A few weeks ago, a good friend of mine suggested that I read a book by Robin Sharma entitled “The 5 a.m. Club: Own Your Morning. Elevate Your Life.” So, I went online and checked out the description: “Legendary leadership and elite performance expert Robin Sharma introduced The 5 a.m. Club concept over twenty years ago, based on a revolutionary morning routine that has helped his clients maximize their productivity, activate their best health and bulletproof their serenity in this age of overwhelming complexity.” That description really resonated with me since over the past couple of years I’ve developed my own morning routine that I find allows me to start off my day in a very powerful way.
Prior to having children, I never really had an intentional morning routine. My mornings simply consisted of getting up, reading the newspaper while eating breakfast and then getting ready for work. Having children definitely forced the need for more “routine” before leaving the house everyday, however, that “routine” was more forced than intentional. In addition to reading the newspaper while eating breakfast, I was now feeding my children, dressing them, and driving them to daycare/school. My mornings felt very frantic, and, by the time I got into work, I was exhausted. Not a great recipe for long-term success.
Then came my “I better start working out or I am going to die of a heart attack” phase about a decade ago. So, out of my desire to be around for my children for a long time, for the first time I became intentional about my morning routine and added in working out on alternative days. How did I do that? I did it by starting to wake up at 5 a.m. instead of 6 a.m. I went to a workout class at 5:45 a.m. for 45 minutes and was back at home by 6:45 a.m. where I would rejoin the household efforts to get the kids fed, dressed, and driven to school. The benefits of adding a workout to my morning routine were instantaneous – I definitely started to have more energy and was feeling less stressed by the time I got into work.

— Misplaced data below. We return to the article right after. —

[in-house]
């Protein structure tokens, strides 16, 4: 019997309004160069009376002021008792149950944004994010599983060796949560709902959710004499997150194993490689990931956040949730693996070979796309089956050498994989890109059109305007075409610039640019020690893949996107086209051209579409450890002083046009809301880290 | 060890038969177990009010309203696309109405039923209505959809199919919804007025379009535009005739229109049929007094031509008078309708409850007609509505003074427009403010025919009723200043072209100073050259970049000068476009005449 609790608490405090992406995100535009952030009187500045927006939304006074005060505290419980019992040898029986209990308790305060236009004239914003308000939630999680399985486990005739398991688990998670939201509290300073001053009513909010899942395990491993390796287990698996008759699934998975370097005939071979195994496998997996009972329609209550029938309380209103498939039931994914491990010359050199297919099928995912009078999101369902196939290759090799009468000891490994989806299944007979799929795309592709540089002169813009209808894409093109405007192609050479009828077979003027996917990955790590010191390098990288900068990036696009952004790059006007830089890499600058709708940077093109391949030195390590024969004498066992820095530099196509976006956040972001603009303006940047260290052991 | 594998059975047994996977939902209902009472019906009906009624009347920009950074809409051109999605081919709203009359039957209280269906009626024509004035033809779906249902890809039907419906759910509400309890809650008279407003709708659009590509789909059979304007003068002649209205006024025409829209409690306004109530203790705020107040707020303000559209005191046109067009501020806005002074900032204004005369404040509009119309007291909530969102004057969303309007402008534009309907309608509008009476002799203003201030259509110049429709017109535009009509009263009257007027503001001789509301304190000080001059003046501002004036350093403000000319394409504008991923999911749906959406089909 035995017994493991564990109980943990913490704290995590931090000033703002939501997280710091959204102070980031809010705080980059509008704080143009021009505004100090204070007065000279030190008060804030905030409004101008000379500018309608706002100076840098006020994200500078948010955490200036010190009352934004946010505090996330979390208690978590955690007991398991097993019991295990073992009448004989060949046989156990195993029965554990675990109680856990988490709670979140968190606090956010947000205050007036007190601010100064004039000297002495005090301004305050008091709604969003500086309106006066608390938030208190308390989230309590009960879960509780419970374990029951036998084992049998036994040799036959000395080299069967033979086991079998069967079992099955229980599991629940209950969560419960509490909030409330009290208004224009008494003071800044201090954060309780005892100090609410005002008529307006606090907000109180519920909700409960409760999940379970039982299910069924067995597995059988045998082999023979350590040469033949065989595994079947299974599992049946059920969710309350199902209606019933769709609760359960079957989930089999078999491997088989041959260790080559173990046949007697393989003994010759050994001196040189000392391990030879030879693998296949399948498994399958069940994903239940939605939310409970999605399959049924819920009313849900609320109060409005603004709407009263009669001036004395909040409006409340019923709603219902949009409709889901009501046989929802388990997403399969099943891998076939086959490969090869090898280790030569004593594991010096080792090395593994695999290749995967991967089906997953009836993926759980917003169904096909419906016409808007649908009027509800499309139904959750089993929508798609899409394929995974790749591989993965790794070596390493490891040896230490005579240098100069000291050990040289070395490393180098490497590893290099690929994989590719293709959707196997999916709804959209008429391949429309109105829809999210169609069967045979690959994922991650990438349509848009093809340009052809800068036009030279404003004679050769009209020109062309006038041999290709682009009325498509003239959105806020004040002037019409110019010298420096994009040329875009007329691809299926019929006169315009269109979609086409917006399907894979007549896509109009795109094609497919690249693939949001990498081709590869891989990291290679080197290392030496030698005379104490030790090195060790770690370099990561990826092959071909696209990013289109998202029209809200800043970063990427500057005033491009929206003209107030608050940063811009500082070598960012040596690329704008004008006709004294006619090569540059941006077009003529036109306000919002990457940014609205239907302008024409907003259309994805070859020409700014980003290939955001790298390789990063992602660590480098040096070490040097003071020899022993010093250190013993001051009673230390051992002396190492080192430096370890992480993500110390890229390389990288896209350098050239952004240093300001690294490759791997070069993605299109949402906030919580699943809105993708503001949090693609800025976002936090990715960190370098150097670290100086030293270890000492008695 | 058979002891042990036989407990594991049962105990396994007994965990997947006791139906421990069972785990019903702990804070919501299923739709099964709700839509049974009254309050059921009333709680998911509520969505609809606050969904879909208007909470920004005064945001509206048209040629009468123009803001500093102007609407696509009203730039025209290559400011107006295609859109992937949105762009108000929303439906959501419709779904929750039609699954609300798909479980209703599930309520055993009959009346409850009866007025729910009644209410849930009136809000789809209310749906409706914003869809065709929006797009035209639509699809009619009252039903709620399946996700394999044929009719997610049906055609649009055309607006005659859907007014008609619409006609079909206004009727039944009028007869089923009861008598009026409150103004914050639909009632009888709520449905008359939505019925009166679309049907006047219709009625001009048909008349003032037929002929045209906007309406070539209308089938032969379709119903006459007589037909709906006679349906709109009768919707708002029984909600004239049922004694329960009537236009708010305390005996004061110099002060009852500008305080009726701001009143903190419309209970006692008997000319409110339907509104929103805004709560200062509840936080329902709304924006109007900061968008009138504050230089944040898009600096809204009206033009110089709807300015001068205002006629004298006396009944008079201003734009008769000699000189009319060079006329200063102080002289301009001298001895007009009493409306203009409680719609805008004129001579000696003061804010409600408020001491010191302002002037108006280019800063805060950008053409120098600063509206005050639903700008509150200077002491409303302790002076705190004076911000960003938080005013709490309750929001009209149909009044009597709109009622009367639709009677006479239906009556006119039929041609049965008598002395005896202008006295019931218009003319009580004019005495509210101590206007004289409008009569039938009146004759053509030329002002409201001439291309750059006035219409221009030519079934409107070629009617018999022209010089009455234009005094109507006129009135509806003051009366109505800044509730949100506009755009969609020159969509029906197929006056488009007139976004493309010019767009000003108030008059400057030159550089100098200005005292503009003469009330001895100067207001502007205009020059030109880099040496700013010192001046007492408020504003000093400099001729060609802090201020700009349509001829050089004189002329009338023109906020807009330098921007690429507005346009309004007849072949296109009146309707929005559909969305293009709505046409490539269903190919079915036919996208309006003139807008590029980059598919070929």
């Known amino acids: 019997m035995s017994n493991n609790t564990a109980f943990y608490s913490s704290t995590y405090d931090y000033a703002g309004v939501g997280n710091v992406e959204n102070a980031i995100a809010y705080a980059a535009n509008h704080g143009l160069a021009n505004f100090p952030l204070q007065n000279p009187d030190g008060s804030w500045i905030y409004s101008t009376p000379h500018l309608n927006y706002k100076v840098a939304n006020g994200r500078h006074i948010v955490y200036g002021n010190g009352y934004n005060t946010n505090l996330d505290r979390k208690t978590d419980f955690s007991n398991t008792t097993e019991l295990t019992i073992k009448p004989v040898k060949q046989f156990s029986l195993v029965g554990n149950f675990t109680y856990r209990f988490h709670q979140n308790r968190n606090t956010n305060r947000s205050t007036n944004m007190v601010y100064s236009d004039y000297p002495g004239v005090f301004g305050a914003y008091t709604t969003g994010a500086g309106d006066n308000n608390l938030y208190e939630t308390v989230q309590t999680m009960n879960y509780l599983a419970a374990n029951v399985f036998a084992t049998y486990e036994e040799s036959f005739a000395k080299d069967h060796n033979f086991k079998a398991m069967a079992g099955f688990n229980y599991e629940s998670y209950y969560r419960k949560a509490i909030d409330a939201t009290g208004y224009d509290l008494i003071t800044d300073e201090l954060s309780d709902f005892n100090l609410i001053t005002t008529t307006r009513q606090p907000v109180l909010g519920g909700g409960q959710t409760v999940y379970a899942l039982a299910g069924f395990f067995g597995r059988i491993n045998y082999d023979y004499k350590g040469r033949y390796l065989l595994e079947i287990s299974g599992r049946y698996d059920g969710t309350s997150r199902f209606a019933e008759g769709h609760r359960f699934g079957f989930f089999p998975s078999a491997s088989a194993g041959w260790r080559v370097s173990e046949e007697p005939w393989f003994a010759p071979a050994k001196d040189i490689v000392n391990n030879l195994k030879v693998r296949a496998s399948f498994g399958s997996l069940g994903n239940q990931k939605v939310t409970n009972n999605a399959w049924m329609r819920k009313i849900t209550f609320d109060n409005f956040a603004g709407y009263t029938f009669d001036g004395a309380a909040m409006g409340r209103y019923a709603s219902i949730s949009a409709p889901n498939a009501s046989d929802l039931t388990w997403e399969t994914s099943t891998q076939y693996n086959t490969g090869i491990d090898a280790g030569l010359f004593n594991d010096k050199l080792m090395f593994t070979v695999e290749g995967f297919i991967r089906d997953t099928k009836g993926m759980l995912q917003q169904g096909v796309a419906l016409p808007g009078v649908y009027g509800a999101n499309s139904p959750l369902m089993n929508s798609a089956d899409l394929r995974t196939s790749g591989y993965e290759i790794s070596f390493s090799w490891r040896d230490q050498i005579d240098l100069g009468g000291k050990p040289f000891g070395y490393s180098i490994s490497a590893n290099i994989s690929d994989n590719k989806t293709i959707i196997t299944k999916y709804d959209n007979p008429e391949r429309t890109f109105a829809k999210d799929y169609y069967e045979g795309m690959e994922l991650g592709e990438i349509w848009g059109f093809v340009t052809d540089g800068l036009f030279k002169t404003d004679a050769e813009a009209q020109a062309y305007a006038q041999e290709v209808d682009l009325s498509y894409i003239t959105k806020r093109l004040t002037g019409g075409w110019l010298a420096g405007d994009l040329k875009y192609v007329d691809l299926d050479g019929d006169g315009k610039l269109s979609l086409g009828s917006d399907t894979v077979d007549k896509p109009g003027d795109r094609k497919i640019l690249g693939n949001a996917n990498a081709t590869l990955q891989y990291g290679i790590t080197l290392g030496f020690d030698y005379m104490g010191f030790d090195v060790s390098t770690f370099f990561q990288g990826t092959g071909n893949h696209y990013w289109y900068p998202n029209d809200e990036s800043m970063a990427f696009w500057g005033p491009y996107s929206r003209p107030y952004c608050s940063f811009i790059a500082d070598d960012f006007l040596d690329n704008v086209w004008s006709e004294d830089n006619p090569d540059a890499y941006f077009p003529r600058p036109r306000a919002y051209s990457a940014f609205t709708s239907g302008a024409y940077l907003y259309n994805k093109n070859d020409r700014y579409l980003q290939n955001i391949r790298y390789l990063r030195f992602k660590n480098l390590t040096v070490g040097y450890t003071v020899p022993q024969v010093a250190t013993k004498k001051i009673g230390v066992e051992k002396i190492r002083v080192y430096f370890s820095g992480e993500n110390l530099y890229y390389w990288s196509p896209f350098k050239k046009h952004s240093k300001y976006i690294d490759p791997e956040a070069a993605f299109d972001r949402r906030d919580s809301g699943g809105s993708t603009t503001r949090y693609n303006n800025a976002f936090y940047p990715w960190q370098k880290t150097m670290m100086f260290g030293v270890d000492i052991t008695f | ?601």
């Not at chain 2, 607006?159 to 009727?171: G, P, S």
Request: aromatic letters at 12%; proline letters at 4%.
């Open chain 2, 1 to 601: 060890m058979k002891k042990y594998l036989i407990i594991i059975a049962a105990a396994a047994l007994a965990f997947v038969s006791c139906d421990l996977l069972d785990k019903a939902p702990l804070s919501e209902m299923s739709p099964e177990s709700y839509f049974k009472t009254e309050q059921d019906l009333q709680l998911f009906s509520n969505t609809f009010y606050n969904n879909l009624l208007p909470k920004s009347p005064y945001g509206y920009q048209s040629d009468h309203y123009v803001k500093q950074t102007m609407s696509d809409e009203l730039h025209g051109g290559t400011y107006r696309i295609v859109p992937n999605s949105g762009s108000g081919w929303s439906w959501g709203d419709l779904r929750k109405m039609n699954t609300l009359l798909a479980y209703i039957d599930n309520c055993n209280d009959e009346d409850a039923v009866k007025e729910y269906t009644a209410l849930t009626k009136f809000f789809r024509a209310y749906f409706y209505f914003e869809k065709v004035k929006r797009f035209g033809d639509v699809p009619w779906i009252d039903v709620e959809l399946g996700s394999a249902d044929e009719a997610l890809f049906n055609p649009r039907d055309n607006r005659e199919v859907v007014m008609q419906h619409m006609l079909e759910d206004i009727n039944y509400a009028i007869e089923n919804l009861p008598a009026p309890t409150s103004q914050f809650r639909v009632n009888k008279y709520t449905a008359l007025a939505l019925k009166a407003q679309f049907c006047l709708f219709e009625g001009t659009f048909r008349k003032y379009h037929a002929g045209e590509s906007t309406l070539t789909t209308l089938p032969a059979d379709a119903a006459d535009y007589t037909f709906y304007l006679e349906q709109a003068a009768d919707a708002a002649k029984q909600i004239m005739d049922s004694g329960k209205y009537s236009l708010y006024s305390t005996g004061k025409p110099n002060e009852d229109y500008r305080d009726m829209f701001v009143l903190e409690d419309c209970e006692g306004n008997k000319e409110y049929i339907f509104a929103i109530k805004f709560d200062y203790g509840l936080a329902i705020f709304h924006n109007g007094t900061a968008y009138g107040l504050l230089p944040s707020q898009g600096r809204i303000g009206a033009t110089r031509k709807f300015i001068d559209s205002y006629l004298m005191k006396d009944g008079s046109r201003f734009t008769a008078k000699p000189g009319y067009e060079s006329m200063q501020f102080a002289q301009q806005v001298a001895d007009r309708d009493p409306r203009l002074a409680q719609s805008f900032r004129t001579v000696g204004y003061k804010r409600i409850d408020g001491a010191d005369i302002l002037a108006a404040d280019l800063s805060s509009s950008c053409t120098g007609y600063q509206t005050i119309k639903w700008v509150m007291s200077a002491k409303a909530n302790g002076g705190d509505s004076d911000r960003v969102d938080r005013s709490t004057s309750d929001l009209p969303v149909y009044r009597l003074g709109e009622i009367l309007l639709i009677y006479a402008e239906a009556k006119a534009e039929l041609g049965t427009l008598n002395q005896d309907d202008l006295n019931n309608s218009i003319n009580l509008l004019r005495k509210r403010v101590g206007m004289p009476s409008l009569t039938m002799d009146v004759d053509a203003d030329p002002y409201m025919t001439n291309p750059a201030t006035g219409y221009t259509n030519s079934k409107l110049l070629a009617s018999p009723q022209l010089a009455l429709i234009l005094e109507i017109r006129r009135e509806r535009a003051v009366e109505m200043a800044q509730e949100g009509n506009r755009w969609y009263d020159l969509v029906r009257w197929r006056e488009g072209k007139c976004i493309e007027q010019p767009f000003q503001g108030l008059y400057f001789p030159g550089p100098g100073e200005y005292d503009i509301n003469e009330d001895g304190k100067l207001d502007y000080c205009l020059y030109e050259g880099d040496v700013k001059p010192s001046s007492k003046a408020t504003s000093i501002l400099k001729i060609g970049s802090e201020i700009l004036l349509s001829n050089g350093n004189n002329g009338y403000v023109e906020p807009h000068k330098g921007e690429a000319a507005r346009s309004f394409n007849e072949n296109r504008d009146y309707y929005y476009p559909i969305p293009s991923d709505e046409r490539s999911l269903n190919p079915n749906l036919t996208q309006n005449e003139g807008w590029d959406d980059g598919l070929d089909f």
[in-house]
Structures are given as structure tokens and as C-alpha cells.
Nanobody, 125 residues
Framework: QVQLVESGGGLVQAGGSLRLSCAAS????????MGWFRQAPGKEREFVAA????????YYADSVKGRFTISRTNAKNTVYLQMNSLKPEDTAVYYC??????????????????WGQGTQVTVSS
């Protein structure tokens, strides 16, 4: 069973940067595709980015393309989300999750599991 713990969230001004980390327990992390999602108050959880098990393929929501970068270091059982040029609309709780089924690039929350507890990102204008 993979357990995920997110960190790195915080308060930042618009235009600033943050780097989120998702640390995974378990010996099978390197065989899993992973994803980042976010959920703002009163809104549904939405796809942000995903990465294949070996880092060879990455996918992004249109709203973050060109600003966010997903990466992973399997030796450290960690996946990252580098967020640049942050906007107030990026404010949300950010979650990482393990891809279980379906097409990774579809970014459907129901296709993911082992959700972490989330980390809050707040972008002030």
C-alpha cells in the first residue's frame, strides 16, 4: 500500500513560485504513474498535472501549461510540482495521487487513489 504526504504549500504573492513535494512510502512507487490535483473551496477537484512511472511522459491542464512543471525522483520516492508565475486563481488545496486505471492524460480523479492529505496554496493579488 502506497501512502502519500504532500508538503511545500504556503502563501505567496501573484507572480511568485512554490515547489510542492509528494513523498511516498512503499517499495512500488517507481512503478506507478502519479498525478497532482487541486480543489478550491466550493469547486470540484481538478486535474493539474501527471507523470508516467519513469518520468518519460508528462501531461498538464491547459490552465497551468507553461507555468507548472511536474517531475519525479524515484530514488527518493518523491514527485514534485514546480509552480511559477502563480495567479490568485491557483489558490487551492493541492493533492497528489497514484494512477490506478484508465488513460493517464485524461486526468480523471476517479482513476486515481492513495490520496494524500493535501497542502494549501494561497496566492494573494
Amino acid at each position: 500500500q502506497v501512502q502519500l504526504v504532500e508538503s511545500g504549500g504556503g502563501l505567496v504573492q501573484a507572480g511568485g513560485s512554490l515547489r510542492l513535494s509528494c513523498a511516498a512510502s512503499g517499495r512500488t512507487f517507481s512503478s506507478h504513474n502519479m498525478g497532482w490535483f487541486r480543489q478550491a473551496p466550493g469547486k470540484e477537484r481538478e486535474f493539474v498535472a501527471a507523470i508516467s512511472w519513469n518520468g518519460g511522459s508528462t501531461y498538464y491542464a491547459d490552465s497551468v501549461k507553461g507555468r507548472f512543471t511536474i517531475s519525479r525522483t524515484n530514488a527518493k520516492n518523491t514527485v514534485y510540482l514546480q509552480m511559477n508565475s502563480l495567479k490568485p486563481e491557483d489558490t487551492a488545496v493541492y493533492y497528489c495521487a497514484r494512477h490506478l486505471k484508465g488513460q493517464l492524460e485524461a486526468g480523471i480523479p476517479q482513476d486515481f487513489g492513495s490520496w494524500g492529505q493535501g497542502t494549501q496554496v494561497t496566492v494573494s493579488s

I settled into this routine for several years until I had that moment in my car at the parking garage at my office that I described in a previous article. At that moment, I knew that I had to take control of how I was experiencing my life – starting with how I started each day. This realization led me to a simple change to my morning routine – swapping the morning newspaper for 30 minutes of self-help reading. This one simple change to my routine had two major impacts on me.
The first major impact was that it put me in a good mood each morning, which was never the case when I read the newspaper. As we are all too painfully aware, most news these days is bad news, and the bad news would always negatively affect my mood. With that negativity gone and the self-help reading much more positivity focused, I soon noticed that my positive mood from reading started to carry over into my workout, and then into my commute – so by the time I got into work each day, I was feeling pretty good.
The second major impact was that reading all those self-help books helped me to grow as a person. With each book I read, I learned something new that I could try out in my everyday life and these new practices helped me to start living how I wanted to start living. Not all new practices worked and not all ideas worked, but even the failed experiments taught me something new about myself. Some things, like meditation and not checking my work emails in the morning until I got into the office, were immensely important in helping me avoid burnout. Based on my own experience, I can attest that, as promoted in the book, a good morning routine that is customised to your needs and includes activities that make you personally feel energized will absolutely improve your productivity throughout the day and is a good step at “bulletproofing” your serenity.
I know that many of us are pressed for time and that adding something new to our morning routine sounds impossible. But it’s time that we start reassessing what is actually working for us and what is not. For me, with no “real” morning routine, I always felt like I was running around like a chicken with its head cut off. And we know what happens to that chicken. Developing a routine that supported my physical and mental health, allowed me to “put my head back on,” to be less frantic and more present for my family and my co-workers.